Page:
Trillium Book Awards Author Reading 2015

Is it Book Removal or Book Banning?

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Grade 10 students at a Brampton secondary school won’t be studying To Kill a Mockingbird in English class this fall. Their principal has taken the novel off the curriculum after a complaint from a parent. The Dufferin-Peel-Catholic District School Board says the book has not been banned, but removed from this particular school’s course list, as is the prerogative of the principal.

Ontario Education Minister Kathleen Wynne spins it as an opportunity. The school board can now choose a book by a Canadian author as a replacement.

Word choice is so very important. Removal, opportunity and replacement are words chosen to soften the situation and to defuse controversy. Many others would choose different words, such as censorship and book banning.

Controversy surrounding To Kill a Mockingbird is not new. Parents who have wanted the book removed in the past have cited the use of the word “nigger” as the major complaint. Reading the book in the classroom, they say, ignites racist comments and incidents outside the classroom and directed at their children.

To Kill a Mockingbird is set in a fictional Alabama town and focuses on racial injustice. It has been used in classrooms for years to promote discussion about rascism among young adults and to teach tolerance. The book won a Pulitzer Prize for American author, Harper Lee.

Freedom to Read posts a long list of books and magazines that have been “challenged” in Canada. Each challenge has “sought to limit public access to the books in schools, libraries, or bookstores.” Some titles and authors you will readily recognize, such as The Handmaid’s Tale by Margaret Atwood, and Three Wishes: Palestinian & Israeli Children Speak Out by past OpenBook WIR, Deborah Ellis.

If the removal of the novel stands, I’ll be watching to see whether the Brampton principal has the courage to replace a controversial book with another controversial book, albeit Canadian.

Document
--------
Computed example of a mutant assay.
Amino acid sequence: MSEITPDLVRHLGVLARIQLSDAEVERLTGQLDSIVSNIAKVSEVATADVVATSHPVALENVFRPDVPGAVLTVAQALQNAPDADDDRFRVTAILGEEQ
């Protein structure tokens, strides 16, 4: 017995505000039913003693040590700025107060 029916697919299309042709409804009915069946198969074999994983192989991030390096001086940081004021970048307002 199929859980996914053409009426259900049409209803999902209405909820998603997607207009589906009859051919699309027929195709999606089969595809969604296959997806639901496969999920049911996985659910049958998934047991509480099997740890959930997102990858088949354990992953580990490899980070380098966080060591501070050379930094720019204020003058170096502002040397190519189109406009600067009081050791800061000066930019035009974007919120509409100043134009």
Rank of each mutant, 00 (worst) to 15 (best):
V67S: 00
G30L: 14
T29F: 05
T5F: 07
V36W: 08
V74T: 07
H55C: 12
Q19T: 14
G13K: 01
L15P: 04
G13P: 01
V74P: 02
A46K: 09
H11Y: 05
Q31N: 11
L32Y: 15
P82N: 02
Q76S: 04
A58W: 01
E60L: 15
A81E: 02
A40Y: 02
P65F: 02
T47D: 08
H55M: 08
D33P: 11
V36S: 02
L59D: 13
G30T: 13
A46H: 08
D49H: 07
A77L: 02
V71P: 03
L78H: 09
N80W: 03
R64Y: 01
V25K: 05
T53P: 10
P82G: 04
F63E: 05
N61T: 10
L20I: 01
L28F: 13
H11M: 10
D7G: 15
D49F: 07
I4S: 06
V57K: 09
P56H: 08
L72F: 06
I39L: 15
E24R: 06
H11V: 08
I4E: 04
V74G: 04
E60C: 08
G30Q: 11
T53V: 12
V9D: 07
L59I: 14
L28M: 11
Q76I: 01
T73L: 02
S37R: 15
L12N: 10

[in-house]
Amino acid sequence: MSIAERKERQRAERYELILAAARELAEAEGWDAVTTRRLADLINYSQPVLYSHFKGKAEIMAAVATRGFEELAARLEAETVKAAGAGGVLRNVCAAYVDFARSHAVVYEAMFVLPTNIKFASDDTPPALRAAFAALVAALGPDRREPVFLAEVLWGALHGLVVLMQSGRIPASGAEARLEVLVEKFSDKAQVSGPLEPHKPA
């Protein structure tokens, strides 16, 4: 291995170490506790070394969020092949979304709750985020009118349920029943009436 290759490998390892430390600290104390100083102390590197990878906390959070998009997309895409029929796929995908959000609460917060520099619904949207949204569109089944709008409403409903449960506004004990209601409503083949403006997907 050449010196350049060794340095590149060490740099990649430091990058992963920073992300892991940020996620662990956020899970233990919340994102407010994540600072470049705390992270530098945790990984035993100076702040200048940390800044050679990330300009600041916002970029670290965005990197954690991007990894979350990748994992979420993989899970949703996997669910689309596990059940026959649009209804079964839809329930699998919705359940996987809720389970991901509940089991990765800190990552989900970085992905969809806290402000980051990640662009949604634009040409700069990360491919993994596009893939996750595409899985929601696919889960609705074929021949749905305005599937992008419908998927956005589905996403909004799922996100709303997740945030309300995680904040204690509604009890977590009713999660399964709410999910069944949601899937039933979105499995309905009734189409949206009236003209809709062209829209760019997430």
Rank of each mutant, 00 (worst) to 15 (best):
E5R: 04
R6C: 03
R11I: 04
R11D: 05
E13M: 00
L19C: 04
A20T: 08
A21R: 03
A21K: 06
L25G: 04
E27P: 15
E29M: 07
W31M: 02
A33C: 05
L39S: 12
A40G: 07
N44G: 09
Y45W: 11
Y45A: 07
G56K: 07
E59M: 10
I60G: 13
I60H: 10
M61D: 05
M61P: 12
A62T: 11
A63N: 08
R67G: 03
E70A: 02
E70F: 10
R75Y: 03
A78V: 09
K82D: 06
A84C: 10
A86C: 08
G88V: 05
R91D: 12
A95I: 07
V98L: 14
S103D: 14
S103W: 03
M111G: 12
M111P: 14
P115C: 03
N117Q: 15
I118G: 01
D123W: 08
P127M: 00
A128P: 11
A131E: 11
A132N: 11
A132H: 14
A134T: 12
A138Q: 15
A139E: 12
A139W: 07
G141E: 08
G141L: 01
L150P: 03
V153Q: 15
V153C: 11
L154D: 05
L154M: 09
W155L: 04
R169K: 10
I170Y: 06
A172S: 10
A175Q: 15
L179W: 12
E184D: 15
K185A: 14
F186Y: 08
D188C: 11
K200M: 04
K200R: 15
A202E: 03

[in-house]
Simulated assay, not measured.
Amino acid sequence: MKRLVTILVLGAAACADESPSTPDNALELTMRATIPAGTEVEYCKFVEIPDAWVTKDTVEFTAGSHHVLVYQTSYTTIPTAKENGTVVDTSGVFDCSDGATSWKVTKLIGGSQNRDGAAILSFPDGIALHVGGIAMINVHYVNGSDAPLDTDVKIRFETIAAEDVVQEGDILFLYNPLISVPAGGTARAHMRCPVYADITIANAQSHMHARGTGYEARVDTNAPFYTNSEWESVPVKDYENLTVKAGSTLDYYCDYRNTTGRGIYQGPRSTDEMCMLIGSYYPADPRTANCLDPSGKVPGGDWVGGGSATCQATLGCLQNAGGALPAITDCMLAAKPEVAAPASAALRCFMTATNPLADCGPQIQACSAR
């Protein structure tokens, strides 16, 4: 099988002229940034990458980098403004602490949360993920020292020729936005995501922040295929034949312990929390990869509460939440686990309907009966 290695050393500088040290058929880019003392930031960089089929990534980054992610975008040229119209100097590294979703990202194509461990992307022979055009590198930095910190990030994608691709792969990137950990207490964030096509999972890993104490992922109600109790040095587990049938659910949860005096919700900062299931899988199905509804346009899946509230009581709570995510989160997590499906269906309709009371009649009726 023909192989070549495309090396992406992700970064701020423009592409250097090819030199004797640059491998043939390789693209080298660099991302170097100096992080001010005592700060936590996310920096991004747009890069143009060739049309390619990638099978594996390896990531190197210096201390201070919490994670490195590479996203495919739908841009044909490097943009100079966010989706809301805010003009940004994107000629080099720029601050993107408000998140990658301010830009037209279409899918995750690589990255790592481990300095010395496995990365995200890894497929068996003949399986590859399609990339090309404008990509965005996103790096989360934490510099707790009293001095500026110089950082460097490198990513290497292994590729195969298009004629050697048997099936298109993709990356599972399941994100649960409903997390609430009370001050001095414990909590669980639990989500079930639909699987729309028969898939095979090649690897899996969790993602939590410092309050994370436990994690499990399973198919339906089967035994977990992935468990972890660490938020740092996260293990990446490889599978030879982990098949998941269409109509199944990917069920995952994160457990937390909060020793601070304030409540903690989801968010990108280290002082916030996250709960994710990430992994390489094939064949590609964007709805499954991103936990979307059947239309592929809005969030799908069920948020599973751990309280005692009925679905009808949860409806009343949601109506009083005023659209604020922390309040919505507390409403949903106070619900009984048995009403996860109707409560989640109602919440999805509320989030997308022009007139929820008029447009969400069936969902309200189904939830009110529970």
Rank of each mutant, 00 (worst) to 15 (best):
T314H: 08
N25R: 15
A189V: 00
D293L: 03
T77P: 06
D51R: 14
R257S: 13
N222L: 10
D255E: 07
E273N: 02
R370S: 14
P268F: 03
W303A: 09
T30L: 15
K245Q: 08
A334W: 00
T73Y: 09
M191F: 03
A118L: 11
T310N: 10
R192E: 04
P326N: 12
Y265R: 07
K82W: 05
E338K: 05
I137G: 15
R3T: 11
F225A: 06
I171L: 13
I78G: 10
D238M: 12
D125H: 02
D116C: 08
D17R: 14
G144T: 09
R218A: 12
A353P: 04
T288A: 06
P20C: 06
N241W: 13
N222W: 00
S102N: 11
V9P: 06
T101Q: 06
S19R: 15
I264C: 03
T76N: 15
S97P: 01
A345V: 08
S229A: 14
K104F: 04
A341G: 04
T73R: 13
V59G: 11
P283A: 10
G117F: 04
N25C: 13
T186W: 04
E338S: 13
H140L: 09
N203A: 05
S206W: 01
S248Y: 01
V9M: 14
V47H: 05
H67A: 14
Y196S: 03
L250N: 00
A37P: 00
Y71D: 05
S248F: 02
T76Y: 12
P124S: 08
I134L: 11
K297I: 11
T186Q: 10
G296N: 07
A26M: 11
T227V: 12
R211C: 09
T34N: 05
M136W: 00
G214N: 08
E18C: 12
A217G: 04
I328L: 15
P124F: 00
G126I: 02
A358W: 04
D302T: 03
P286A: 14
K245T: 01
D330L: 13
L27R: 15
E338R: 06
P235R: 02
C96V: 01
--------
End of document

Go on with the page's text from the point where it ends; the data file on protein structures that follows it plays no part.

I’d also be curious to know your thoughts.

~ Marianne Paul

2 comments

When I read the original news story, I, too, was surprised and disturbed that the action was taken as a result of a complaint from one parent.

So a novel that illustrates (and beautifully) why prejudice and racism are destructive and wrong is going to get banned because it gives examples. I know the principal said "removed", not "banned", but I think it's the same thing.

And all because of the complaint of a single parent?

It's not Canadian, but how about the Grade 10 class take Fahrenheit 451 instead? Maybe the parent who complained can read along.

The views expressed in the Writer-in-Residence blogs are those held by the authors and do not necessarily reflect the views of Open Book: Toronto.

Marianne Paul

Marianne Paul's is the author of the novels Dead Girl Diaries (BookLand Press, 2009), Tending Memory (BookLand Press, 2007), Twice in a Blue Moon (BookLand Press, 2007) and The Shunning (Moonstone Press, 1994). Her fiction, non-fiction and poems have appeared in publications such as Vox Feminarum, Cahoots, Canadian Author, Western People and The New Quarterly.

Go to Marianne Paul’s Author Page